Gosport council shows climate change is responsible for town's fish dying off

FISH in Gosport waters have been dying off in ‘several’ locations throughout the town, according to a new report.

Thursday, 18th March 2021, 7:00 am

After the ‘distressing’ sight of dead fish in Fort Brockhurst moat last August, following the hot summer, Gosport Borough Council set up a task group to investigate what was happening.

At a climate board meeting last week, councillors and officers presented their findings.

They say that while an exact cause cannot be determined, periods of hot, dry weather will have contributed to their death – with major incidents at Alverstoke Lake, Fort Brockhurst moat and Elmore Lake.

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Hundreds of fish died in Alver Creek during the heatwave last summer. Picture: Richard Lemmer

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Labour councillor for Town, Cllr June Cully, said: ‘All of the support we have had has enabled us to identify the areas that need some work, and some funding.

‘It also identified what the climate has done to these areas, and it has been valuable for us to all understand the effects.

The moat around Fort Brockhurst is just one of the areas where fish have been dying. Picture: Paul Jacobs (142641-3)

‘I look forward to seeing the improvements that can be brought about.’

With climate change leading to longer, hotter summers, there are concerns that this die-off could become an annual trend.

In Alverstoke Lake, is was discovered that the climate had caused increased water temperatures and salinity, but reduced oxygenation for wildlife.

Similar issues were outlined at Fort Brockhurst moat, and Elmore Lake.

Going for Green was launched by The News this week in conjunction with Portsmouth Climate Action Board

Last summer, Alver Creek in Gosport dried out in the heatwave and a lack of oxygen killed hundreds of fish. Residents did what they could to save the stricken animals.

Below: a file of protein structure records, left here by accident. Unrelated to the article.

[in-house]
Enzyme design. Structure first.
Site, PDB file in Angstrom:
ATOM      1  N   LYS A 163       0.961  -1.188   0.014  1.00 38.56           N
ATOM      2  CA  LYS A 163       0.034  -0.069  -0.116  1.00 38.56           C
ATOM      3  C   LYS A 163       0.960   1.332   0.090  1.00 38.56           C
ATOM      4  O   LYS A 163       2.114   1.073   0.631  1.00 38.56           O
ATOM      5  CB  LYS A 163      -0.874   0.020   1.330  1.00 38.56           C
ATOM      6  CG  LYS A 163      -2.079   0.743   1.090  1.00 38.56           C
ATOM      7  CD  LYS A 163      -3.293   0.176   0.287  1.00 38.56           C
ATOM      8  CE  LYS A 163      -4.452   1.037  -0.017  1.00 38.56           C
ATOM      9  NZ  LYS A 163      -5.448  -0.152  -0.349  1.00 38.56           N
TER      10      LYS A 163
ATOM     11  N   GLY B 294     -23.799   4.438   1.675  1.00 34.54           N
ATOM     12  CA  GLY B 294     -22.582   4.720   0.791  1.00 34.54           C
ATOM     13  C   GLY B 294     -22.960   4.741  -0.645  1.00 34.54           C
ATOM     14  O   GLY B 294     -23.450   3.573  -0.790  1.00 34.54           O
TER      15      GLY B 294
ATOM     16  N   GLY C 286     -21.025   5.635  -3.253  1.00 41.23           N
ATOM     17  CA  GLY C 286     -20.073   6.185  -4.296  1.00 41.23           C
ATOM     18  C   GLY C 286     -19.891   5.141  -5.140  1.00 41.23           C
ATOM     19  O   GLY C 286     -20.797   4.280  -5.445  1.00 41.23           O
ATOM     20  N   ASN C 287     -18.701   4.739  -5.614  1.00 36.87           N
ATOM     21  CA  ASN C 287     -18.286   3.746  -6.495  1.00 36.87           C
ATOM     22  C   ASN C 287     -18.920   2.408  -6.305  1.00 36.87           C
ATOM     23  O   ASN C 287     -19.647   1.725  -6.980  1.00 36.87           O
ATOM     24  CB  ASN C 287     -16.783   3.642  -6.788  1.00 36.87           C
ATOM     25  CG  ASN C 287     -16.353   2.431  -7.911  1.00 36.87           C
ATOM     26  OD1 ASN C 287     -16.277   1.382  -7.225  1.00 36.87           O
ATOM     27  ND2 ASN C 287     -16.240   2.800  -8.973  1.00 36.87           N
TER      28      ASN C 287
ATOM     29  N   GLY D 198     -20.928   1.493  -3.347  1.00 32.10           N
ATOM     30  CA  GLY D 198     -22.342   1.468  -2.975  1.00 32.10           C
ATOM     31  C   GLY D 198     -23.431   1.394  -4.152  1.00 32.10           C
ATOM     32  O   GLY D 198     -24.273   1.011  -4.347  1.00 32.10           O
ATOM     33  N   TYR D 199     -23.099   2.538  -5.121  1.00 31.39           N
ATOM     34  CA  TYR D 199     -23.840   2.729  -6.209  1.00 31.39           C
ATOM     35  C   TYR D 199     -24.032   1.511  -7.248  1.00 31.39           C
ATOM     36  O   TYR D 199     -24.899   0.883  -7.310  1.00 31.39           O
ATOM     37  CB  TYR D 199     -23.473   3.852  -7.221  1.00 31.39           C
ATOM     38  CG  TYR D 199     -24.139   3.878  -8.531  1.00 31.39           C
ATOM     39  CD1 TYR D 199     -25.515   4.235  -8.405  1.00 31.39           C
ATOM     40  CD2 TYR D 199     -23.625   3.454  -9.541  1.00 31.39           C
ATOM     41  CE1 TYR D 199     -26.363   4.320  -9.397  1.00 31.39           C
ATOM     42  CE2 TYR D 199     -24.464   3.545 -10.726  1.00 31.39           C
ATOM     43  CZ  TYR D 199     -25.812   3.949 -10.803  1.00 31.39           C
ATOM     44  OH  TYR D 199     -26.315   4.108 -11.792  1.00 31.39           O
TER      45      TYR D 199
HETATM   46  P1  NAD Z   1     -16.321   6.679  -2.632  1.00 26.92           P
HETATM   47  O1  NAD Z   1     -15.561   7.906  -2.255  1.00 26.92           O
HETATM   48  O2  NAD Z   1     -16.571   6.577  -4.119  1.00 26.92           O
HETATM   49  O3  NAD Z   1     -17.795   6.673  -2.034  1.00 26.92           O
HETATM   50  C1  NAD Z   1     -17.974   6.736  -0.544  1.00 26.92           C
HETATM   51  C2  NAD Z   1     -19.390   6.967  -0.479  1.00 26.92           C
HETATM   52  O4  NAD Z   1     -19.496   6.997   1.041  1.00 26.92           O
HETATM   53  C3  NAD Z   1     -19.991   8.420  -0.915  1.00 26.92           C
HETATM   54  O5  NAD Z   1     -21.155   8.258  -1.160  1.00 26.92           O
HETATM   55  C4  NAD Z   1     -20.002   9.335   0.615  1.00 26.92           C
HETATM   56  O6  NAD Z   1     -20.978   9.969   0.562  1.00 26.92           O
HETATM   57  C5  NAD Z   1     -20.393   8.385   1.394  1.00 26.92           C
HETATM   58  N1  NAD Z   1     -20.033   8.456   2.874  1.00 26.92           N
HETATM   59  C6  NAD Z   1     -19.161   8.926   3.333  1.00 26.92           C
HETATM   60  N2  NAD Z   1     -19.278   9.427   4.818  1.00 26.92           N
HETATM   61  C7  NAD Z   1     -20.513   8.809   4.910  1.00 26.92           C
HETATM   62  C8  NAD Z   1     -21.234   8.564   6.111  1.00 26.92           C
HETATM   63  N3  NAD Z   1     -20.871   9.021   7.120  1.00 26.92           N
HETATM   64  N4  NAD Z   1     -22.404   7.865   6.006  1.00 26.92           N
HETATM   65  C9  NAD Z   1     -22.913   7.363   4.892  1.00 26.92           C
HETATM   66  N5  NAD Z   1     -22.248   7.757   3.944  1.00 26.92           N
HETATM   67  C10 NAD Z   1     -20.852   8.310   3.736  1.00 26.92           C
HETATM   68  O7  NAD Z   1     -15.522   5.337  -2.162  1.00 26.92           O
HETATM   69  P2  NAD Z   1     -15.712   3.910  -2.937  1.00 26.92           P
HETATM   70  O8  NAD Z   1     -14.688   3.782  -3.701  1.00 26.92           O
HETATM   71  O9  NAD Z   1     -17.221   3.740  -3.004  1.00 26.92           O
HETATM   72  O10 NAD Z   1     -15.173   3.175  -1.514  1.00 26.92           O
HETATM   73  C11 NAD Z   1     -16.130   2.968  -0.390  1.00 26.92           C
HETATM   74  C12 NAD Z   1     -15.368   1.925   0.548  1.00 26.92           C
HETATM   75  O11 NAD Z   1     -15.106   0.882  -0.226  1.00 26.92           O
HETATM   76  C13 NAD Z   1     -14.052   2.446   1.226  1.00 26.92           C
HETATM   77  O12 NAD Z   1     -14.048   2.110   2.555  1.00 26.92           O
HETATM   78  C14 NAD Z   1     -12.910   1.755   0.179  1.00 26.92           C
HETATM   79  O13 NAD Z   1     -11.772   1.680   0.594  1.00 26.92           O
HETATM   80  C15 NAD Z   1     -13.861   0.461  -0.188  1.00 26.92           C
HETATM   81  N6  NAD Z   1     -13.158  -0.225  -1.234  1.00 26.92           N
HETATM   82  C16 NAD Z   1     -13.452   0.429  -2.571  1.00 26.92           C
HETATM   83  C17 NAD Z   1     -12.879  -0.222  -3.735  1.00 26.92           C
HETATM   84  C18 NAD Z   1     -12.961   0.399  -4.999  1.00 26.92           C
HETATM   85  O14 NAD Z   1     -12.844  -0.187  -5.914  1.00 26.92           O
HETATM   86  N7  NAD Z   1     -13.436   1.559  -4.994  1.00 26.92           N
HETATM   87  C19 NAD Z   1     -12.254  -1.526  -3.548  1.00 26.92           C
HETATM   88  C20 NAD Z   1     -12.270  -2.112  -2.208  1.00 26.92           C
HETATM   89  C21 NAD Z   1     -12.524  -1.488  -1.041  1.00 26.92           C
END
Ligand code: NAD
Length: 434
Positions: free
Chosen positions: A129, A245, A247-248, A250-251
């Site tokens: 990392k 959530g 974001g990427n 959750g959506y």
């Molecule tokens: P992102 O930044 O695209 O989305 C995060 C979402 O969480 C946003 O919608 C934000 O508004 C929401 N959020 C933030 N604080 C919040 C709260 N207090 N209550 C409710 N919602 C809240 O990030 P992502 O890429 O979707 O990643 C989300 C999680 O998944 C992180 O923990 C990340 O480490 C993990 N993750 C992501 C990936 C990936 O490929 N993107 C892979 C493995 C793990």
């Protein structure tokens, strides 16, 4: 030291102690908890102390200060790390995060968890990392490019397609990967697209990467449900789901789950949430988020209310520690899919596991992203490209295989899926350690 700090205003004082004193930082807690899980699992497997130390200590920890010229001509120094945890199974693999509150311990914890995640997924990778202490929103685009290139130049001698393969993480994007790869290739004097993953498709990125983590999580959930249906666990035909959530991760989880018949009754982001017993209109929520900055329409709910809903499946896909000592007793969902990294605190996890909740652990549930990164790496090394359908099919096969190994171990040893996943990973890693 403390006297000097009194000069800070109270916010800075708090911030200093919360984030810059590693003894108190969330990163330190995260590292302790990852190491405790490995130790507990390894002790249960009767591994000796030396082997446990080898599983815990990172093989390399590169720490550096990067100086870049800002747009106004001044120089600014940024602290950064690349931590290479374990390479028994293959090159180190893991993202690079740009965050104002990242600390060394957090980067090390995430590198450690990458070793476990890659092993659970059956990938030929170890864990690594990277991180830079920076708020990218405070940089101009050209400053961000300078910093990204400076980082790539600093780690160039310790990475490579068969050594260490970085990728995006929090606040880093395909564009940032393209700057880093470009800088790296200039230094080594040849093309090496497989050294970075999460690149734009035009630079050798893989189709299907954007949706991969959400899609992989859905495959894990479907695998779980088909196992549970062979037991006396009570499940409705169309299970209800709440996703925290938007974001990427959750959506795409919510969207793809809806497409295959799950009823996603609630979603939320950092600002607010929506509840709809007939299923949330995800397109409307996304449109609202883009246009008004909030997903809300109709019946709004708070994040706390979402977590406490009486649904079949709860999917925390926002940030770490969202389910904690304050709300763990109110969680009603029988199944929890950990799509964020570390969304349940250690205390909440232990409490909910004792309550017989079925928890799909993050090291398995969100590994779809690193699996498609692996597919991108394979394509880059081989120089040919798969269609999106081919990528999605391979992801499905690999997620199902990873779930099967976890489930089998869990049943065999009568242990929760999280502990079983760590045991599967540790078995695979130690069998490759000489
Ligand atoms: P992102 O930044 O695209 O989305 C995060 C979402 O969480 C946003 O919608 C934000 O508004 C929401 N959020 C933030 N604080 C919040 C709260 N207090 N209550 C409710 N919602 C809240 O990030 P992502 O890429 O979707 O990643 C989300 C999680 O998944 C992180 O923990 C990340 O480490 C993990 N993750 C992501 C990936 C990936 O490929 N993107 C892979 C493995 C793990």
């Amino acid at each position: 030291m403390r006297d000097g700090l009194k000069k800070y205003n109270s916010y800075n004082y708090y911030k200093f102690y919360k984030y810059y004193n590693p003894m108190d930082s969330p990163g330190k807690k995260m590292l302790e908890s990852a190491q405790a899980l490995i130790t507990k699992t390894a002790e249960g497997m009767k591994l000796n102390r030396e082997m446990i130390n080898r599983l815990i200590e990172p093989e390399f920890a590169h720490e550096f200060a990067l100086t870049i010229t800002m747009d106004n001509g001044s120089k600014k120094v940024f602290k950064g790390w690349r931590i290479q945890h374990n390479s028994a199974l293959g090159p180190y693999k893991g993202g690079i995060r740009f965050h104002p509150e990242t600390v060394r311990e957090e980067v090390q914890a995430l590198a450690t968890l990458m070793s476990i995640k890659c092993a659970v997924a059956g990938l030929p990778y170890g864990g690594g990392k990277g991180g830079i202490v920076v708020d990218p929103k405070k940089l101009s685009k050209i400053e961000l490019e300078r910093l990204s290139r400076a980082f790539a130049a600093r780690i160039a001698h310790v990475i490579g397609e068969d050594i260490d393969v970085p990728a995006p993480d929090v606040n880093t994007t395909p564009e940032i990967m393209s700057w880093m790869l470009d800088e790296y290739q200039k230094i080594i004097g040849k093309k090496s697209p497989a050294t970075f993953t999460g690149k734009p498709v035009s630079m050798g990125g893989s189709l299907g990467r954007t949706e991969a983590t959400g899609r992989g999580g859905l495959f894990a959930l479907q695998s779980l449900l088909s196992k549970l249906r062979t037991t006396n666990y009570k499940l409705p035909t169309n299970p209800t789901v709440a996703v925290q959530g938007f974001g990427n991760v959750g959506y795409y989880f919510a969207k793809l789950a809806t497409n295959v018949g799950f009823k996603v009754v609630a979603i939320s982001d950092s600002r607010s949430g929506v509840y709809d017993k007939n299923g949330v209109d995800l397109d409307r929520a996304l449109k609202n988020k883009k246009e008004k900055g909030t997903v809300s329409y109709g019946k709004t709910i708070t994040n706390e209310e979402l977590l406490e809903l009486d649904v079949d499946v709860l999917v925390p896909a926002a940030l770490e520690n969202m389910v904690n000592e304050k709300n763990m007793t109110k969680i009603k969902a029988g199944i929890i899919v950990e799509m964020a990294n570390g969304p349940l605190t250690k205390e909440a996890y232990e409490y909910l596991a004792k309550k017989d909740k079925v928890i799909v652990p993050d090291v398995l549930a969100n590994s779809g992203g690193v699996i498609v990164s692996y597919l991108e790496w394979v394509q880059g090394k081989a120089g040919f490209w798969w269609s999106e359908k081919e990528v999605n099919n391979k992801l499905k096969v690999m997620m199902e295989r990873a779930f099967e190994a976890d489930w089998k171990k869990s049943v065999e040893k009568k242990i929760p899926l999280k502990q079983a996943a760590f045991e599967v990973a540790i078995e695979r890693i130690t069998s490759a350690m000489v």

Liberal Democrat councillor for Brockhurst, Cllr Siobhan Mitchell, was the one who initially called for action over the die-off.

She said: ‘My thanks go to everyone involved. I think it became a lot more complex than we thought to find a root cause of the problems, but a very interesting group.’

For Alverstoke Lake, task group members believe repairs must be made to the sluice gate, which controls water levels and flow rates.

At Fort Brockhurst, English Heritage has pledged to recruit volunteers to clear up the moat in anticipation for the fort’s reopening post-Covid pandemic.

The issue in Elmore Lake is water retention – and the koi carp in the water may need relocating by Streetscene.

Conservative councillor for Alverstoke, Cllr Kevin Casey, says the task group has proven to be a cross-party success.

‘The group worked well,’ he said.

‘This is the beginning of a useful report to deal with issues that come up, and be more prepared for the future.’

The News has launched a new climate change campaign this week, called Going for Green.

In conjunction with Portsmouth Climate Action Board, we want to highlight how readers across the local area can make a difference.

A message from the Editor, Mark Waldron

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